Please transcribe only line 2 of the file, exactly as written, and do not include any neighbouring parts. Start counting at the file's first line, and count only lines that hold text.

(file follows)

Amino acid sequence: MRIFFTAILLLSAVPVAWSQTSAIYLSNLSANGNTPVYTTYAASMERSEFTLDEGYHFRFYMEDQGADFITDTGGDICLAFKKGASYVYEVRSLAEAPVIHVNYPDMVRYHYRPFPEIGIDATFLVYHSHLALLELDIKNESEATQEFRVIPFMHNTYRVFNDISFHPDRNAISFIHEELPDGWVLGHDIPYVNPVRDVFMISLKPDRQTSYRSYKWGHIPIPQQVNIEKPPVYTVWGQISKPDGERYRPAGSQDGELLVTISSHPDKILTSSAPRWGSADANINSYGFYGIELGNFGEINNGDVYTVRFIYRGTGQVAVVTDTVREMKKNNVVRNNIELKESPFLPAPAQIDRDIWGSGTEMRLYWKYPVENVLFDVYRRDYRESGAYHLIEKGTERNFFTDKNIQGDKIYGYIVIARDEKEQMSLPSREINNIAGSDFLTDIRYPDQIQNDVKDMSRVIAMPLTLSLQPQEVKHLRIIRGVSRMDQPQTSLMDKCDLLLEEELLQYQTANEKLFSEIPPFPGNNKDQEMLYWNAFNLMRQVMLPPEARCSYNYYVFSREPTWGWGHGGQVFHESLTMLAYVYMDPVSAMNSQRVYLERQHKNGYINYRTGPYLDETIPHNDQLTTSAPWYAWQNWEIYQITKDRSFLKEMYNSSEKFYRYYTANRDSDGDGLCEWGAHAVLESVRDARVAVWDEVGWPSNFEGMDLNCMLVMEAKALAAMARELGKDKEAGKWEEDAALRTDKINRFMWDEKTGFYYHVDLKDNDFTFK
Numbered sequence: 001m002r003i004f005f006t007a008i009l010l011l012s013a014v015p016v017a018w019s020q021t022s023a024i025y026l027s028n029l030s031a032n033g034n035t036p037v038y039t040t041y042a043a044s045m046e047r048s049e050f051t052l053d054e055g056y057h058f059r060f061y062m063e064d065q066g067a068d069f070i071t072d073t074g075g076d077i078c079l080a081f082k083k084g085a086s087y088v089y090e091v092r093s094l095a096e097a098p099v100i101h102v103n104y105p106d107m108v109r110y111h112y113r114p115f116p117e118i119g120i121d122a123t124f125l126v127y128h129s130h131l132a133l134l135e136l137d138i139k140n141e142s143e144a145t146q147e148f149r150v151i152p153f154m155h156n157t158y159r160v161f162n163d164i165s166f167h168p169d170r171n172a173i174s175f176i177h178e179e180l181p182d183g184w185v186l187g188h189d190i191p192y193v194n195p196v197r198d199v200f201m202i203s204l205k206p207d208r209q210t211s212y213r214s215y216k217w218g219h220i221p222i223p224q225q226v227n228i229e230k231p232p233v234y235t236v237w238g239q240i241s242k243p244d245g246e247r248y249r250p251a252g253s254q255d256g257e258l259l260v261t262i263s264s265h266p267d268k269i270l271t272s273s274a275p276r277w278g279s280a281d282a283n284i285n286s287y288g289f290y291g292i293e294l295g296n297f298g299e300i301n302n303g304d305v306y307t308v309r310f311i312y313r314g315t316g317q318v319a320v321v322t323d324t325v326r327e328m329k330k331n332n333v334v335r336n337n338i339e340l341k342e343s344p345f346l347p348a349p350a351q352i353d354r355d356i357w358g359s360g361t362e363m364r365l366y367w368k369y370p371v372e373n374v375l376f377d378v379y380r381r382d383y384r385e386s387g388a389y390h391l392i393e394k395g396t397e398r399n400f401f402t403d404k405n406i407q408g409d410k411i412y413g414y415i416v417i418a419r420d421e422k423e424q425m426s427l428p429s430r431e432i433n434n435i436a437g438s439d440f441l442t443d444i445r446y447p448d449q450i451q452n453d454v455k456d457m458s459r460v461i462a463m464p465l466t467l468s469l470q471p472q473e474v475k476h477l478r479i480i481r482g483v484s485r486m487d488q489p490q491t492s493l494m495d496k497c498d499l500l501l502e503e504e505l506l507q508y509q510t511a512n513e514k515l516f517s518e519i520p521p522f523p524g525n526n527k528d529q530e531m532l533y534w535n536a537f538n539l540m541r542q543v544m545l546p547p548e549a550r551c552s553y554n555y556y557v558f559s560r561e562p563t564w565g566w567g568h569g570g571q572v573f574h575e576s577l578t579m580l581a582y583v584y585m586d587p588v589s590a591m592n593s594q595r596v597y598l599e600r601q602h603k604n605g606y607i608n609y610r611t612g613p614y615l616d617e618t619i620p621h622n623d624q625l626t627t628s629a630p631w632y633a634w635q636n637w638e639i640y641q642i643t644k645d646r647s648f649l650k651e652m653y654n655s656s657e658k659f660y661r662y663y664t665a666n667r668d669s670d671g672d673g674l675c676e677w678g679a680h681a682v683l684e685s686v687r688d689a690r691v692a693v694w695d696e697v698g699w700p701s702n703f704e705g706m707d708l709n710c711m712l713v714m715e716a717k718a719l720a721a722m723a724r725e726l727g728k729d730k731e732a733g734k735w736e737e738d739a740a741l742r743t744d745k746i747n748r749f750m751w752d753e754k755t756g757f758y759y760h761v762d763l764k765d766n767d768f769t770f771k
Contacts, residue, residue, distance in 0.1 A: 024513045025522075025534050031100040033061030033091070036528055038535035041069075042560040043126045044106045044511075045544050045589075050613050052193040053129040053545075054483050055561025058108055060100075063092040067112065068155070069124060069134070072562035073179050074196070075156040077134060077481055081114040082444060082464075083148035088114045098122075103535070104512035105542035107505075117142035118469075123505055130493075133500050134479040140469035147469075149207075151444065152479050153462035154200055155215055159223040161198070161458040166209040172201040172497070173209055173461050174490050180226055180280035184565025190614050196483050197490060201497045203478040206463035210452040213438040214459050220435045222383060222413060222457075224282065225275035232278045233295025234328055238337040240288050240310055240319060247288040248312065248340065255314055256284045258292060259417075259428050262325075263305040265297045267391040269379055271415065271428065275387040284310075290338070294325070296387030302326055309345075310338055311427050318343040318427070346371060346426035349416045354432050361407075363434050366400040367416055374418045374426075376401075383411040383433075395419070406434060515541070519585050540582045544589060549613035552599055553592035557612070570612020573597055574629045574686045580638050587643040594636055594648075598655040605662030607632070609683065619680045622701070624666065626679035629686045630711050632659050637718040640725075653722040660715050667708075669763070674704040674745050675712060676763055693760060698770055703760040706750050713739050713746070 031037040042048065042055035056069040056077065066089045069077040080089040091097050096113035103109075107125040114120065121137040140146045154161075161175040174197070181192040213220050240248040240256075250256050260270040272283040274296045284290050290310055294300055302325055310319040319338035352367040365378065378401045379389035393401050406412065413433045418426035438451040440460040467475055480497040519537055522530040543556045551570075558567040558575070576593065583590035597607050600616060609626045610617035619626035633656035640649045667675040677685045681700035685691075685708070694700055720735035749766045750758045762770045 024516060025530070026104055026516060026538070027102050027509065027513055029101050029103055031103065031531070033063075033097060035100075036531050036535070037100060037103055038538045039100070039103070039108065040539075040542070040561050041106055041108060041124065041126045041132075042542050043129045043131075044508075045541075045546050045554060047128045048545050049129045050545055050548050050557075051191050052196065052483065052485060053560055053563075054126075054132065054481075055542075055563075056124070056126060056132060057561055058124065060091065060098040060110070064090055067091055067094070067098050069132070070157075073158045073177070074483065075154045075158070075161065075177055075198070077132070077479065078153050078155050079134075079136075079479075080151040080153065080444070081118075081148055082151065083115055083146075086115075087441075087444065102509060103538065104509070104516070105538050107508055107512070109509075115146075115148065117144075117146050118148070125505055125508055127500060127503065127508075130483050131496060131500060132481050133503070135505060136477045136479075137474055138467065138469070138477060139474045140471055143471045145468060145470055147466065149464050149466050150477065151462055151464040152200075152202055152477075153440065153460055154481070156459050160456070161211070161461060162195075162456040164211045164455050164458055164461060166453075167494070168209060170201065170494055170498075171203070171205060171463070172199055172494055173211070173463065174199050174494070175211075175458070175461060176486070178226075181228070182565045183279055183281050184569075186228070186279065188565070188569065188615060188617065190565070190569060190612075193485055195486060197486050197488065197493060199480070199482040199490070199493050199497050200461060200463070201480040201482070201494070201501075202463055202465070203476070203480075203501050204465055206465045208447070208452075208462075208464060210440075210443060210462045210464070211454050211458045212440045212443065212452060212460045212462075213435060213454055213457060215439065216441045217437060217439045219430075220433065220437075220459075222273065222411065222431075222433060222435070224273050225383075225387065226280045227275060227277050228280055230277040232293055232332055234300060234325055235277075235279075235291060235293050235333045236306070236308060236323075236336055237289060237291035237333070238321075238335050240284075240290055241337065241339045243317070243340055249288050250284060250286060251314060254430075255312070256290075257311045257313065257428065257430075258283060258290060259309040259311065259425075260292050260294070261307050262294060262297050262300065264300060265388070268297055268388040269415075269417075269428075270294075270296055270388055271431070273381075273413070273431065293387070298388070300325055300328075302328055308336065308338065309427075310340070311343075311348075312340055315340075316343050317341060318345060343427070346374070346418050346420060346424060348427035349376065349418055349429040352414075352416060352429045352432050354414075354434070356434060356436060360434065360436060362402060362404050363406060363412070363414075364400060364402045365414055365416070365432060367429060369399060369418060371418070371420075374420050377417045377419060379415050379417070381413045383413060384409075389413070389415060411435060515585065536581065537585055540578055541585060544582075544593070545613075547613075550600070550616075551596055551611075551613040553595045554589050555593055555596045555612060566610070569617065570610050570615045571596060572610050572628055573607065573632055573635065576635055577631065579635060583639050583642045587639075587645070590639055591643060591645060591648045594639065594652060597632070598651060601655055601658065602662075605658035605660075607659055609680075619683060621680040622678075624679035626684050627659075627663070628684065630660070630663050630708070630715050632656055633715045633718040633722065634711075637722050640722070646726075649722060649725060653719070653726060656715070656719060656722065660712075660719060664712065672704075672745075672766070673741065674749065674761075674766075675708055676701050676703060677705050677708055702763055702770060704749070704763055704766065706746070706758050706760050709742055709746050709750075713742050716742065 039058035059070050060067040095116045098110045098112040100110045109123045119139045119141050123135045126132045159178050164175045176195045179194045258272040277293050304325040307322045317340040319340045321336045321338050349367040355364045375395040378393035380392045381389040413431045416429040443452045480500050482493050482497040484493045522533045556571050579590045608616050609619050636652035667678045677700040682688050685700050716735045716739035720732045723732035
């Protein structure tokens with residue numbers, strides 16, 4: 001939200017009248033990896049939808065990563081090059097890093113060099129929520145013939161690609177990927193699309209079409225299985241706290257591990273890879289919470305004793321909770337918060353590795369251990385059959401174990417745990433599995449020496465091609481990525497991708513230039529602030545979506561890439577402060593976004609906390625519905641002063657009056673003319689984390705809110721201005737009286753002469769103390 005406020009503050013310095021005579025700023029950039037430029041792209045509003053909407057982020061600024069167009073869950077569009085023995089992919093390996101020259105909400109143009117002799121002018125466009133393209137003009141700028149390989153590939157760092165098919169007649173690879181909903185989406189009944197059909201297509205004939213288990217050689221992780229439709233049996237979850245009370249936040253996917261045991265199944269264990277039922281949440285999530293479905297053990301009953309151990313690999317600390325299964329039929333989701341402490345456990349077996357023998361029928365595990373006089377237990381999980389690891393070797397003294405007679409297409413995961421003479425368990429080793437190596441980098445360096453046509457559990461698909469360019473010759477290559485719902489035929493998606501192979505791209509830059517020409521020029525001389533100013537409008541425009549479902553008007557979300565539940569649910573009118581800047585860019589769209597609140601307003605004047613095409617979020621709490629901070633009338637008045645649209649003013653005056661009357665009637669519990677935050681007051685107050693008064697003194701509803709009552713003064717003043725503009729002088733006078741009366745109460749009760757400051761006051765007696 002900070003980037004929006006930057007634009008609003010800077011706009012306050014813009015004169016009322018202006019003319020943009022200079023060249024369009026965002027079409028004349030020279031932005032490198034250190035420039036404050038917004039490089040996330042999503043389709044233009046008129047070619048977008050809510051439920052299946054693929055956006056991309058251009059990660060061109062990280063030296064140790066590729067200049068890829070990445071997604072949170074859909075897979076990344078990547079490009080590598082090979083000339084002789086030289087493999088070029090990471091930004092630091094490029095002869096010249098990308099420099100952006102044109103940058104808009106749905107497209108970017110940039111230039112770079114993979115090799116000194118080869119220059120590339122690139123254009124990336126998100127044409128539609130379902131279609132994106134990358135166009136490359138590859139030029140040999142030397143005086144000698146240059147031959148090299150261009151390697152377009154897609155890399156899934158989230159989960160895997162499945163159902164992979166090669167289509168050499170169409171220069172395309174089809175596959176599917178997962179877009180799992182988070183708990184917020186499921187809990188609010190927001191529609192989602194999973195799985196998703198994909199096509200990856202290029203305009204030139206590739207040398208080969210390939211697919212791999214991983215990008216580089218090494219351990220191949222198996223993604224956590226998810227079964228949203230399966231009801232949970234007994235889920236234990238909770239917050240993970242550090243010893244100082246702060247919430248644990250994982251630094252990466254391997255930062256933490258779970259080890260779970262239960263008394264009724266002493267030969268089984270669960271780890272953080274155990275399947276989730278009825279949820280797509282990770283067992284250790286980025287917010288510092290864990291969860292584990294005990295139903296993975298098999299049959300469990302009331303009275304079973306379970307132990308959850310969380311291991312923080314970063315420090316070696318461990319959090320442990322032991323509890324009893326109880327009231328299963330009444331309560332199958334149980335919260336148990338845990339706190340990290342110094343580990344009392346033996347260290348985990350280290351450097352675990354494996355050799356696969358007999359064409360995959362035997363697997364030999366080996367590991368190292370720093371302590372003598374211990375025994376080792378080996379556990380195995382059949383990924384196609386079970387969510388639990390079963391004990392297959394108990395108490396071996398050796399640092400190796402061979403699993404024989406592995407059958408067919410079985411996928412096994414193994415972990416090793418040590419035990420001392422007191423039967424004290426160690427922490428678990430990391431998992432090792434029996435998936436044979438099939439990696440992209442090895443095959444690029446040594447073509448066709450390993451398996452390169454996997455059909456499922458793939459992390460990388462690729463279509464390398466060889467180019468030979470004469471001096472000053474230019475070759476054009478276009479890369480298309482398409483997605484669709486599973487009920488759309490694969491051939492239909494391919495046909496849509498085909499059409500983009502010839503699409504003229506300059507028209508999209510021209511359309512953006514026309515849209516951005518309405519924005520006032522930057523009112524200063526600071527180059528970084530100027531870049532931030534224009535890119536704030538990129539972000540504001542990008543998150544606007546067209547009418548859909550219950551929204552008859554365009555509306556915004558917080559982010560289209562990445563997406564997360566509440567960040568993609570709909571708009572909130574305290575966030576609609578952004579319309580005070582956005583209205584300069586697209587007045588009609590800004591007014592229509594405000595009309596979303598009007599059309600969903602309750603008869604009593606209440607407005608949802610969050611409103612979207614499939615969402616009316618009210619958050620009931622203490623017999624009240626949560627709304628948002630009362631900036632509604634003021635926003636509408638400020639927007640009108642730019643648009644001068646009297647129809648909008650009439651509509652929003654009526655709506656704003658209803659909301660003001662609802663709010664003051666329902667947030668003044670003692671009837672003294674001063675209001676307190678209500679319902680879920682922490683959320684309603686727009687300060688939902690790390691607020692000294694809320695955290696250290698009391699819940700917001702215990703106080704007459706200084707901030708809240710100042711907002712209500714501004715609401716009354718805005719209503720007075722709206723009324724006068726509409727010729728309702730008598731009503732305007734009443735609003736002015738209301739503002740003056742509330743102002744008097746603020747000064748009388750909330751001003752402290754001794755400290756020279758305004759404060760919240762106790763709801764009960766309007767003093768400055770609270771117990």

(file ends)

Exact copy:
Numbered sequence: 001m002r003i004f005f006t007a008i009l010l011l012s013a014v015p016v017a018w019s020q021t022s023a024i025y026l027s028n029l030s031a032n033g034n035t036p037v038y039t040t041y042a043a044s045m046e047r048s049e050f051t052l053d054e055g056y057h058f059r060f061y062m063e064d065q066g067a068d069f070i071t072d073t074g075g076d077i078c079l080a081f082k083k084g085a086s087y088v089y090e091v092r093s094l095a096e097a098p099v100i101h102v103n104y105p106d107m108v109r110y111h112y113r114p115f116p117e118i119g120i121d122a123t124f125l126v127y128h129s130h131l132a133l134l135e136l137d138i139k140n141e142s143e144a145t146q147e148f149r150v151i152p153f154m155h156n157t158y159r160v161f162n163d164i165s166f167h168p169d170r171n172a173i174s175f176i177h178e179e180l181p182d183g184w185v186l187g188h189d190i191p192y193v194n195p196v197r198d199v200f201m202i203s204l205k206p207d208r209q210t211s212y213r214s215y216k217w218g219h220i221p222i223p224q225q226v227n228i229e230k231p232p233v234y235t236v237w238g239q240i241s242k243p244d245g246e247r248y249r250p251a252g253s254q255d256g257e258l259l260v261t262i263s264s265h266p267d268k269i270l271t272s273s274a275p276r277w278g279s280a281d282a283n284i285n286s287y288g289f290y291g292i293e294l295g296n297f298g299e300i301n302n303g304d305v306y307t308v309r310f311i312y313r314g315t316g317q318v319a320v321v322t323d324t325v326r327e328m329k330k331n332n333v334v335r336n337n338i339e340l341k342e343s344p345f346l347p348a349p350a351q352i353d354r355d356i357w358g359s360g361t362e363m364r365l366y367w368k369y370p371v372e373n374v375l376f377d378v379y380r381r382d383y384r385e386s387g388a389y390h391l392i393e394k395g396t397e398r399n400f401f402t403d404k405n406i407q408g409d410k411i412y413g414y415i416v417i418a419r420d421e422k423e424q425m426s427l428p429s430r431e432i433n434n435i436a437g438s439d440f441l442t443d444i445r446y447p448d449q450i451q452n453d454v455k456d457m458s459r460v461i462a463m464p465l466t467l468s469l470q471p472q473e474v475k476h477l478r479i480i481r482g483v484s485r486m487d488q489p490q491t492s493l494m495d496k497c498d499l500l501l502e503e504e505l506l507q508y509q510t511a512n513e514k515l516f517s518e519i520p521p522f523p524g525n526n527k528d529q530e531m532l533y534w535n536a537f538n539l540m541r542q543v544m545l546p547p548e549a550r551c552s553y554n555y556y557v558f559s560r561e562p563t564w565g566w567g568h569g570g571q572v573f574h575e576s577l578t579m580l581a582y583v584y585m586d587p588v589s590a591m592n593s594q595r596v597y598l599e600r601q602h603k604n605g606y607i608n609y610r611t612g613p614y615l616d617e618t619i620p621h622n623d624q625l626t627t628s629a630p631w632y633a634w635q636n637w638e639i640y641q642i643t644k645d646r647s648f649l650k651e652m653y654n655s656s657e658k659f660y661r662y663y664t665a666n667r668d669s670d671g672d673g674l675c676e677w678g679a680h681a682v683l684e685s686v687r688d689a690r691v692a693v694w695d696e697v698g699w700p701s702n703f704e705g706m707d708l709n710c711m712l713v714m715e716a717k718a719l720a721a722m723a724r725e726l727g728k729d730k731e732a733g734k735w736e737e738d739a740a741l742r743t744d745k746i747n748r749f750m751w752d753e754k755t756g757f758y759y760h761v762d763l764k765d766n767d768f769t770f771k